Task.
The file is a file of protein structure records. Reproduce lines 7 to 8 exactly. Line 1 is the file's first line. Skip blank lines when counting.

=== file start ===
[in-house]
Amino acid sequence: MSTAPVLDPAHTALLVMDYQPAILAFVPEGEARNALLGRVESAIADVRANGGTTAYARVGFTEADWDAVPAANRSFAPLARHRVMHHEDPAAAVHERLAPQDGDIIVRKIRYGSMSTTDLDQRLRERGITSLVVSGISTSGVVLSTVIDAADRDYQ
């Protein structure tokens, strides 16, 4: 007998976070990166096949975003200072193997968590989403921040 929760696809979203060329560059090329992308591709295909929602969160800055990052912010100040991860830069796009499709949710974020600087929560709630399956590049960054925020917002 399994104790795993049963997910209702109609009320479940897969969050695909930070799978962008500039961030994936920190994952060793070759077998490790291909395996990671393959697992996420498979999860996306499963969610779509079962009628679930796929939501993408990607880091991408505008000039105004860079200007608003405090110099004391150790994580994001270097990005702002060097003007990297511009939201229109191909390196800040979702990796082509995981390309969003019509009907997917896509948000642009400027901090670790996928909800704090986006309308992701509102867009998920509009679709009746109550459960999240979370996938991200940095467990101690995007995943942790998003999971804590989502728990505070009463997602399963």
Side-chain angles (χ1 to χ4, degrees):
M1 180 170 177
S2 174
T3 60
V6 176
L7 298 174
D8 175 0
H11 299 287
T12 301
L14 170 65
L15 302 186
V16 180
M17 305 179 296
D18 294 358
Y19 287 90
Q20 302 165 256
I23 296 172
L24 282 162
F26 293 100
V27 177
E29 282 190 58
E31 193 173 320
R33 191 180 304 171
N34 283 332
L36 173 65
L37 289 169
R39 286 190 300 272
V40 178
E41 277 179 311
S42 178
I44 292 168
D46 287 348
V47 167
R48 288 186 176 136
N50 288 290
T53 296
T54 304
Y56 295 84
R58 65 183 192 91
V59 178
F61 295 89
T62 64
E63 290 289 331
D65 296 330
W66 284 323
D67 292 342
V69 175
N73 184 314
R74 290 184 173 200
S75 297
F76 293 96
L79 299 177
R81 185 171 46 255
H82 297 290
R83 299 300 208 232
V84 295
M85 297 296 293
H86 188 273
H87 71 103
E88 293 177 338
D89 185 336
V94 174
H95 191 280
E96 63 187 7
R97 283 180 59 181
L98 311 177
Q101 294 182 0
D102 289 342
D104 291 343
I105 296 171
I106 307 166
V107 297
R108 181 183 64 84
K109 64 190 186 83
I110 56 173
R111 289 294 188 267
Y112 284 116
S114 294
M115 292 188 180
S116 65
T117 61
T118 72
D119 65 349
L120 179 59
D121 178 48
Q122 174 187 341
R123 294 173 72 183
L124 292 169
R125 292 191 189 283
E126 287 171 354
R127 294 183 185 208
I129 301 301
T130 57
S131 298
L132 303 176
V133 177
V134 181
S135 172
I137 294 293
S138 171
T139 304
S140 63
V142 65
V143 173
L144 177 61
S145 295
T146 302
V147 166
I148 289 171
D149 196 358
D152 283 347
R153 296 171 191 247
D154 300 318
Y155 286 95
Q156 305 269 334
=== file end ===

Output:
T3 60
V6 176